import supervision as sv
import cv2

image = cv2.imread("image.jpg")

model = get_roboflow_model(model_id="ceramic-tile-defects/1")

results = model.infer(image)

labels = [i.class_name for i in results[0].predictions]
detections = sv.Detections.from_inference(results[0].dict(by_alias=True, exclude_none=True))

bounding_box_annotator = sv.BoundingBoxAnnotator()
label_annotator = sv.LabelAnnotator()

annotated_image = bounding_box_annotator.annotate(
    scene=image, detections=detections)
annotated_image = label_annotator.annotate(
    scene=annotated_image, detections=detections, labels=labels)


Above, replace image.jpeg with the name of the file on which you want to run your model.

Then, export your Roboflow API key into an environment variable called ROBOFLOW_API_KEY:


Learn how to retrieve your Roboflow API key.

Then, run the script.

A window will appear that shows the results from the model:

Our model successfully identified defects in our ceramic tile.

Next Steps: Building a Model and Logic

If the ceramic tile model we used above works for your use case, you can use it in your application. 

With that said, we recommend training a fine-tuned model on data from your manufacturing facility. A fine-tuned model is a system that has learned from annotated examples of defects that you want to identify.

Using a fine-tuned model will allow you to achieve the best possible performance for identifying the defects present in the type of ceramic material with which you are working.

You can use active learning, integrated into Roboflow, to collect data in real time as your model is deployed. You can then use this data to train new versions of your model. This approach to building models allows you to gather representative data that will help you boost model performance. You can also prevent model drift, where the performance of your model decreases over time due to changes in the environment in which your model is deployed.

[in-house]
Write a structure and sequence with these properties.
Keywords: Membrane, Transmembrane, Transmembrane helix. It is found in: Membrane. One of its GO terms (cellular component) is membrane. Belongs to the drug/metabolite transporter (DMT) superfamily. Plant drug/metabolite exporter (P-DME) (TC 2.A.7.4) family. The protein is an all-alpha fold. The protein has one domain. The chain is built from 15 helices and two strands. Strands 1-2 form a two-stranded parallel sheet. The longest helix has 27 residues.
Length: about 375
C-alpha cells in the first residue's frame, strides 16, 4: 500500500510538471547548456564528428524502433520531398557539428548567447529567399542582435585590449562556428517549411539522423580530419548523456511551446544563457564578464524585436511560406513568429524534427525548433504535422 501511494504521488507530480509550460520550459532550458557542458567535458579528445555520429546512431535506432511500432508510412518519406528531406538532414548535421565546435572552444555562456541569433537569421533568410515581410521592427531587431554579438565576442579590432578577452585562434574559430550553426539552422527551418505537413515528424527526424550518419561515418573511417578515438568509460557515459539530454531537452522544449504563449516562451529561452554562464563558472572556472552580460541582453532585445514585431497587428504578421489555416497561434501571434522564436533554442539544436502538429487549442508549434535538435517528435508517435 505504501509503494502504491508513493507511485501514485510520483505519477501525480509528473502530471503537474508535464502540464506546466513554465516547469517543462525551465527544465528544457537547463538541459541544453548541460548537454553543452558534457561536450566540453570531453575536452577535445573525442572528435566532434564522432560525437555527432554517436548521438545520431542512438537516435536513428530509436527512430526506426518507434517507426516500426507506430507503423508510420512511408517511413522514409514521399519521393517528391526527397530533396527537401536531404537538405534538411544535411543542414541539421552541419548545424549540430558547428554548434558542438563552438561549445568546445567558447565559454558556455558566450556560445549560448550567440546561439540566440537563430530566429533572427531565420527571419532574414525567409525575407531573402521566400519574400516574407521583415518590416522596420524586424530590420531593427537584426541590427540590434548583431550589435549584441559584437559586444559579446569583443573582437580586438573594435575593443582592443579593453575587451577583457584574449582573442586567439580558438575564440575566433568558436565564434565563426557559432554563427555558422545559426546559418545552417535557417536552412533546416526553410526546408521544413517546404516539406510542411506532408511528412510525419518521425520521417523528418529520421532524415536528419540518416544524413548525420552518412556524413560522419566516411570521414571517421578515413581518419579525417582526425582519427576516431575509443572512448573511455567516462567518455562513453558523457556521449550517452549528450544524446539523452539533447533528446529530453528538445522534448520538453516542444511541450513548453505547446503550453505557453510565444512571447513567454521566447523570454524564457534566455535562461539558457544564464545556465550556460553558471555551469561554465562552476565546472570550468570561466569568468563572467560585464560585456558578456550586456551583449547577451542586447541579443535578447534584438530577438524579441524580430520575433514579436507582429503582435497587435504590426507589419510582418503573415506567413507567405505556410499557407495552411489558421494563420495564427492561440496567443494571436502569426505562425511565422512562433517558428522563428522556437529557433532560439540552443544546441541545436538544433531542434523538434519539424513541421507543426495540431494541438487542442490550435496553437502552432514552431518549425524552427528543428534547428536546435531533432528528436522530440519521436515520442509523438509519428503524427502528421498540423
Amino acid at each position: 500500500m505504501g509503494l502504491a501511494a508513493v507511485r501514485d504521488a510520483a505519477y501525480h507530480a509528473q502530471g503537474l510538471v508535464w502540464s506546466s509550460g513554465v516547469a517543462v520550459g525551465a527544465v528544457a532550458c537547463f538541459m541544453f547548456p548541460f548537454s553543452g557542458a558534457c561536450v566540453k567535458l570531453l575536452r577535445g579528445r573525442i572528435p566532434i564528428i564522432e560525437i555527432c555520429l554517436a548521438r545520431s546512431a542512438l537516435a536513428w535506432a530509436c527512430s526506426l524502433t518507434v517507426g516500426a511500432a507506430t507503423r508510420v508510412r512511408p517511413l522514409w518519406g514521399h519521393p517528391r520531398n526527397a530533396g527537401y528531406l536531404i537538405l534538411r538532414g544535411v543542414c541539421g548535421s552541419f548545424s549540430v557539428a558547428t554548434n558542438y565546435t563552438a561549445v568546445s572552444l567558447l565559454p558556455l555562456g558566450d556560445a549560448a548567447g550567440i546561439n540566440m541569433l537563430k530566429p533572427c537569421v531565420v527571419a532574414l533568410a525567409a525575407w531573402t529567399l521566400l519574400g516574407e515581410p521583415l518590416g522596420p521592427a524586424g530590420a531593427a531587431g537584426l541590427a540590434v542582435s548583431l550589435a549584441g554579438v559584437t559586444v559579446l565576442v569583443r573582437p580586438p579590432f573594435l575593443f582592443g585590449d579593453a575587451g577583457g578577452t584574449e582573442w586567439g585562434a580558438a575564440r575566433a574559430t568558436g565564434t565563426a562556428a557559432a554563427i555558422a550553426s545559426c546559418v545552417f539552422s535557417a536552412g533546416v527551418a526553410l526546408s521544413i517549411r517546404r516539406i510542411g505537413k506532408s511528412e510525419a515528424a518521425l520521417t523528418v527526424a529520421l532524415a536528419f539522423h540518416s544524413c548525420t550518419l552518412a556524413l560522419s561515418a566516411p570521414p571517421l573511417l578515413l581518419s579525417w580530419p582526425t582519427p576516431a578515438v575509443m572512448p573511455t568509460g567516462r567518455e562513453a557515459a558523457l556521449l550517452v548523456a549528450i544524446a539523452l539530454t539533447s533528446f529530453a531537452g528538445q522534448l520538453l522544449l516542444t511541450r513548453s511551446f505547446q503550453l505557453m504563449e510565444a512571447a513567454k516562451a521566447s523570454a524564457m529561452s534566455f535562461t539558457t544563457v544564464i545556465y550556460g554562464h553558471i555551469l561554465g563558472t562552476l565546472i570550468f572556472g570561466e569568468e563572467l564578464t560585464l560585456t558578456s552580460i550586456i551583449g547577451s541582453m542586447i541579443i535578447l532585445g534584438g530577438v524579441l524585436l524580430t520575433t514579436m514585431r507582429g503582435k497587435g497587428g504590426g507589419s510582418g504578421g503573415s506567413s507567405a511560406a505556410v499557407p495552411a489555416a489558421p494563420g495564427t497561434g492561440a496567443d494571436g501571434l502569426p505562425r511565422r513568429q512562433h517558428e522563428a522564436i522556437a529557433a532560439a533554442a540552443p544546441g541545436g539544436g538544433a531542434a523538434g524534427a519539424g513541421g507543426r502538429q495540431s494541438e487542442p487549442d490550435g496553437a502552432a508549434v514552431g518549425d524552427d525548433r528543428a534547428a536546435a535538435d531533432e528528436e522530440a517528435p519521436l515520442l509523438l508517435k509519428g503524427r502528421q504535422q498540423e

To get started building your model, refer to the Roboflow Getting Started guide. You can have the first version of a computer vision model trained and deployed on your own hardware in a day.

Once you have a model ready, you can start integrating business logic into your model. For example, you could:

  1. Build an automated rejection system if a tile contains more than one defect.
  2. Create an internal database that logs at what stage of production defects are found.
  3. Analyze data over time to identify trends in defects (i.e. are defects more common after a tile goes through a particular stage of the manufacturing process).
  4. Identify where defects are most common (i.e. on the edge of a tile, in the middle).
  5. And more.

To learn more about integrating computer vision into your business logic, refer to Roboflow Templates. Roboflow Templates is a collection of over a dozen guides you can use to integrate computer vision into your business logic.

If you need assistance integrating computer vision into your ceramic tile manufacturing process, contact a member of the Roboflow sales team.